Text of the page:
We are pleased to announce that our production departments are fully operational. Our people are our most precious asset and we have taken every precaution to ensure their health and safety.


The Stone Forest

The essential illusion of lightness.

When thinking about the characteristics generally associated with natural stone, the most immediate responses tend to include words such as old, precious, long-lasting and heavy. The latter is particularly interesting, because although it is an undeniably accurate description, it is also where architects, designers and engineers can have a lot of fun challenging its very notion.

A case in point is the Stone Forest, designed by renowned Japanese architect Kengo Kuma for the 2014 edition of Milan’s Salone del Mobile. His design was based on jigoku-gumi, a joint system which is used to form grids in Japanese architecture. For this project, however, he wanted to use stone instead of the wood which is traditionally used, yet still retain the essential illusion of lightness.

The chance to push the conventional limits of working with stone was a challenge Salvatori relished. The first question was which stone would best bring the idea to fruition. In consultation with Salvatori, the architect selected Bianco Carrara, not only for the purity of its aesthetic, but also for its structural strength. It was key that even when cut into the slender struts which were the defining element of the design, the stone had to be strong enough to support a vast overall structure.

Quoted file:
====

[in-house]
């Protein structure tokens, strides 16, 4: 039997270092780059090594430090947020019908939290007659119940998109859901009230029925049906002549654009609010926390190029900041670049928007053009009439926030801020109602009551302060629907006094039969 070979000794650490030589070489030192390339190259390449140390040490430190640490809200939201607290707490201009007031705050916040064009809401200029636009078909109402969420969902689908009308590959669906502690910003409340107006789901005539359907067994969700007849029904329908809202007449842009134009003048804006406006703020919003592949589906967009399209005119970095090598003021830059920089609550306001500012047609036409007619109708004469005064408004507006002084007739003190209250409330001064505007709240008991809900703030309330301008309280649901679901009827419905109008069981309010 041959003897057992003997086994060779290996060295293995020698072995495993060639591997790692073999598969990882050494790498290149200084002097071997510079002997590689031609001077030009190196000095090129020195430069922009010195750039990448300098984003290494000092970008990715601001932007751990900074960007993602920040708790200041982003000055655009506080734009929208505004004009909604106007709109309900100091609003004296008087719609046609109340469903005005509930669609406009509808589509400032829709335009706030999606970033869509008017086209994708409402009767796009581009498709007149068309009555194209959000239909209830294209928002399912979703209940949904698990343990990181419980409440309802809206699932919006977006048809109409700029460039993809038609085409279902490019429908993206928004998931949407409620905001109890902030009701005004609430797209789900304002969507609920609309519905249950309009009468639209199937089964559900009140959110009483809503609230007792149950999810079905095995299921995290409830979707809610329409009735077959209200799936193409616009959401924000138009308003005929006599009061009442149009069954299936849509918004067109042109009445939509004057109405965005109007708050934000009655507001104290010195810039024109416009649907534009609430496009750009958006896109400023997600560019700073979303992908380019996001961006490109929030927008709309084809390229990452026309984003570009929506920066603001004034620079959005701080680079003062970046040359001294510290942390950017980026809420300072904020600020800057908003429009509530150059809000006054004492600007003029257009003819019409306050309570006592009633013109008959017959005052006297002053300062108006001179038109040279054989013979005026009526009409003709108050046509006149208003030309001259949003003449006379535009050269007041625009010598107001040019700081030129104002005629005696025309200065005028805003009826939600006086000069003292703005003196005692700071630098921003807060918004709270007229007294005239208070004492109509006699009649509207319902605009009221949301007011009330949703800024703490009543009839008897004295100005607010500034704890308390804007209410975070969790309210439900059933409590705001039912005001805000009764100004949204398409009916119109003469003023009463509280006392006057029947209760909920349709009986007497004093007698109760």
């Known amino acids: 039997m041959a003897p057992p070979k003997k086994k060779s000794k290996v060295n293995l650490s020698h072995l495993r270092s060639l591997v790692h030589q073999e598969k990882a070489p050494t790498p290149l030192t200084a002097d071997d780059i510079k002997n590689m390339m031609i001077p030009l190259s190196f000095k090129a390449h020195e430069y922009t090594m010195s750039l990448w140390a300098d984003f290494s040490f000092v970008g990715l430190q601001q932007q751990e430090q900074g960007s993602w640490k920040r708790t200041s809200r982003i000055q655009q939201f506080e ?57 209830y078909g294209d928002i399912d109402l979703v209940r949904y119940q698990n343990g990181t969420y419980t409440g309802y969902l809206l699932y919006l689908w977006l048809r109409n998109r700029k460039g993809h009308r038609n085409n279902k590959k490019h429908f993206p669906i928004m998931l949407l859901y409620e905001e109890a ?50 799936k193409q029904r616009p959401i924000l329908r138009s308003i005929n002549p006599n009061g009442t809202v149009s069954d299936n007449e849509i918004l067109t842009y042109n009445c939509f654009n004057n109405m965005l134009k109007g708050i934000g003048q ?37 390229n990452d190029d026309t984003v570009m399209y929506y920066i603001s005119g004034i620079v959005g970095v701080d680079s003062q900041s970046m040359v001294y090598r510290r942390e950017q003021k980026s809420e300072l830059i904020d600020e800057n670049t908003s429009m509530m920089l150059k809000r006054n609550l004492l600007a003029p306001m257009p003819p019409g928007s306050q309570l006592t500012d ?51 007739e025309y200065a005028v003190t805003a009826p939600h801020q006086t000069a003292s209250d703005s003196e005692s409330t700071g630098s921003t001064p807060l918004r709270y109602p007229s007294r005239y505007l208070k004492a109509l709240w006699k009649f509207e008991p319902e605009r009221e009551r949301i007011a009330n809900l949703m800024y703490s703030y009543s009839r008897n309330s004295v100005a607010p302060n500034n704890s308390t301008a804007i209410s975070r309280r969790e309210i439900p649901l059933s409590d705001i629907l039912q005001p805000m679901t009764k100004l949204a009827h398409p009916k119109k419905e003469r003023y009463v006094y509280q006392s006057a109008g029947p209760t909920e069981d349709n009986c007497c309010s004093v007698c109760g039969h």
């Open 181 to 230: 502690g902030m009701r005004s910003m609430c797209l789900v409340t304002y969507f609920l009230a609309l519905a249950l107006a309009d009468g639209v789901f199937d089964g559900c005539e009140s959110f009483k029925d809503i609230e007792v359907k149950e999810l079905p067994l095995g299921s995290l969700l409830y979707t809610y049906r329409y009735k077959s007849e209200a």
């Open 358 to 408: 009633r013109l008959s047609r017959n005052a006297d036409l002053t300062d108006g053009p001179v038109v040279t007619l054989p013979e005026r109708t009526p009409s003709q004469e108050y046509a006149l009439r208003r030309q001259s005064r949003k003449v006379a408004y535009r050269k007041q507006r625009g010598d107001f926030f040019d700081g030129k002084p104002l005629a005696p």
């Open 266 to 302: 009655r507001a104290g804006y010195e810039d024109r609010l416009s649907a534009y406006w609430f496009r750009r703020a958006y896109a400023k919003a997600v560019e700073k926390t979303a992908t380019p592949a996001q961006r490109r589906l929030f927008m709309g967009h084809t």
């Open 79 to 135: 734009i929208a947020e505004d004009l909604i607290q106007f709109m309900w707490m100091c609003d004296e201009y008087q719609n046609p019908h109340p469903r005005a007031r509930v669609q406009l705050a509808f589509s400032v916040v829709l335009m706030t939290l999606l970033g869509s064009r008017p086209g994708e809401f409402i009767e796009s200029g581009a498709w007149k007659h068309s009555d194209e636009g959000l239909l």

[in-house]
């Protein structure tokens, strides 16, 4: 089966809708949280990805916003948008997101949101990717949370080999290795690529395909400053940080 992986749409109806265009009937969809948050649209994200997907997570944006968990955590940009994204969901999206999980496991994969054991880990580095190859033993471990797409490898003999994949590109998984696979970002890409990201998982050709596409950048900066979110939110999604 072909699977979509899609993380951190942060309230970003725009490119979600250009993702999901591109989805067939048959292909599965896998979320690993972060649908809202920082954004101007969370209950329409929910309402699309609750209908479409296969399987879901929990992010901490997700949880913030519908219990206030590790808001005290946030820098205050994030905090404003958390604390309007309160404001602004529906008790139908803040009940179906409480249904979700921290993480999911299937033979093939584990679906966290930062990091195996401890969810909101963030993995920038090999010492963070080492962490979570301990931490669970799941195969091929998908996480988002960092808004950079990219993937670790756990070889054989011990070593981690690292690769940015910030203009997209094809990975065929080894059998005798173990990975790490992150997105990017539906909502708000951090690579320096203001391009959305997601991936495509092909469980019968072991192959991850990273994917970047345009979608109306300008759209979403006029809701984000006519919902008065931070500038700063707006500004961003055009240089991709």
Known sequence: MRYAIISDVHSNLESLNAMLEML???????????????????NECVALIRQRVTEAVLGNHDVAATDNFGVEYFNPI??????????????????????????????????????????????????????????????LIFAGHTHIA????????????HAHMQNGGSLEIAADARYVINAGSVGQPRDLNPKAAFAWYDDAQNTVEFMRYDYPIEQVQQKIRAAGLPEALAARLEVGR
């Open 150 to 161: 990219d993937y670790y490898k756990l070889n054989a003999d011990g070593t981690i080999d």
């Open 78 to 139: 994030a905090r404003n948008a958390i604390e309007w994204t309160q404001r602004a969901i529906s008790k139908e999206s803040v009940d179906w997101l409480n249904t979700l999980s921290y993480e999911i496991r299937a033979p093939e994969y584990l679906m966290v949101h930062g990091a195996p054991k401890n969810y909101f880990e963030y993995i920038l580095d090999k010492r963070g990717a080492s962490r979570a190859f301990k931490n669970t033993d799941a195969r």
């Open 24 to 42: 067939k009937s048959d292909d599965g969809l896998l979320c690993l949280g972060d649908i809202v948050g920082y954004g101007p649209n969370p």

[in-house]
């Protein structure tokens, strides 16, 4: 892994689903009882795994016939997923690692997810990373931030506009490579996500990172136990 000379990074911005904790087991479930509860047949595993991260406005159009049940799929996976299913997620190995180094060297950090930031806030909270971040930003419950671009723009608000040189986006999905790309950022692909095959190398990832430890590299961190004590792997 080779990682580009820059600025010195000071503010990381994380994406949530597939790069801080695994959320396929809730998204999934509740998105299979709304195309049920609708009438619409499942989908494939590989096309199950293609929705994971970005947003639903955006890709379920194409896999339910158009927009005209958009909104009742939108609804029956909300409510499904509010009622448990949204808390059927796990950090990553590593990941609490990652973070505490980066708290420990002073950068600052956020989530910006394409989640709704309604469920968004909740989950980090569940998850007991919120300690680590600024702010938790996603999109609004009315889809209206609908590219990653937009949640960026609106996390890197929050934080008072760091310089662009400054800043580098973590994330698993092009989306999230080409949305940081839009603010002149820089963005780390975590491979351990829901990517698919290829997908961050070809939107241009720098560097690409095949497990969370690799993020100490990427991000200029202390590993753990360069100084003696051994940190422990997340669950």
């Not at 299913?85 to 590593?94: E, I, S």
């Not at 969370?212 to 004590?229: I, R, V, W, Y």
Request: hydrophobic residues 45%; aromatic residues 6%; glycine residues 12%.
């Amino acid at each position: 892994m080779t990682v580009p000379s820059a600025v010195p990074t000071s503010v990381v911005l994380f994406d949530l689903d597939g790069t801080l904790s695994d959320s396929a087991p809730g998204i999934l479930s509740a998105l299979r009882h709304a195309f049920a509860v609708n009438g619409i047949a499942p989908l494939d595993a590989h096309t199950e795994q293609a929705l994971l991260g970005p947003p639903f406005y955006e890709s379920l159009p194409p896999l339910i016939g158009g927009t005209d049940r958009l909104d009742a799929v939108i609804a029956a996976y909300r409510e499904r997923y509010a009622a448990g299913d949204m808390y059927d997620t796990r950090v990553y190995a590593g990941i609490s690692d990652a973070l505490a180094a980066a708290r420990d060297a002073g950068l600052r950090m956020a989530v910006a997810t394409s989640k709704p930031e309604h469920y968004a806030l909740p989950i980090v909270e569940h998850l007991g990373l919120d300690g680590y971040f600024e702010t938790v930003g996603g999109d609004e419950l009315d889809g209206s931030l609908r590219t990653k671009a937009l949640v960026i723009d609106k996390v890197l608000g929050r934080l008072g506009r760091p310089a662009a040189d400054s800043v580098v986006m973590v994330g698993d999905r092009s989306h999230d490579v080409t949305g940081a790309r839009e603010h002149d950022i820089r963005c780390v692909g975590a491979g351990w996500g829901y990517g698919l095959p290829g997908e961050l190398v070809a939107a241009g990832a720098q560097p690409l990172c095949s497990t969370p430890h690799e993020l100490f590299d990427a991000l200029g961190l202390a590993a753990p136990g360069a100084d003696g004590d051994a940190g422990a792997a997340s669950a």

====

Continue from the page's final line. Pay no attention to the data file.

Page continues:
The construction technique required extraordinary precision, firstly in terms of designing the size of the stone batons and their positioning, and secondly when it came to cutting. Computer calculations were used for the former and precision engineering was required for the latter, with every baton which formed the lattice-like structure being calibrated to the nth degree, so that they slotted perfectly into another. The fixing system was a simple wooden dowel which acted as a pin, holding two stone struts together.

The foundation was a wooden frame which was weighted down with sand bags. Upright batons were then inserted into this base with diagonal rods being fixed in place to create mini-modules which were then multiplied horizontally and vertically to arrive at a total structure of 4.5 x 7.5 metres with a height of 3.5 metres. A team of around eight Salvatori employees worked on site for almost week to erect it, finishing it with tonnes of Bianco Carrara pebbles to create a zen-like effect which respected the Japanese principles of calm and simplicity. A series of tiny uplighters where then nestled at the base of the structure, bringing a sense of movement to the forest.

Kengo Kuma described the structure as rational and extremely functional, in the way it used a simple construction technique which builds layer upon layer to create a kind of three-dimensional effect. In his words: “I am always interested in lightness through a natural material, and this is a very good example of that.”

Designed by Kengo Kuma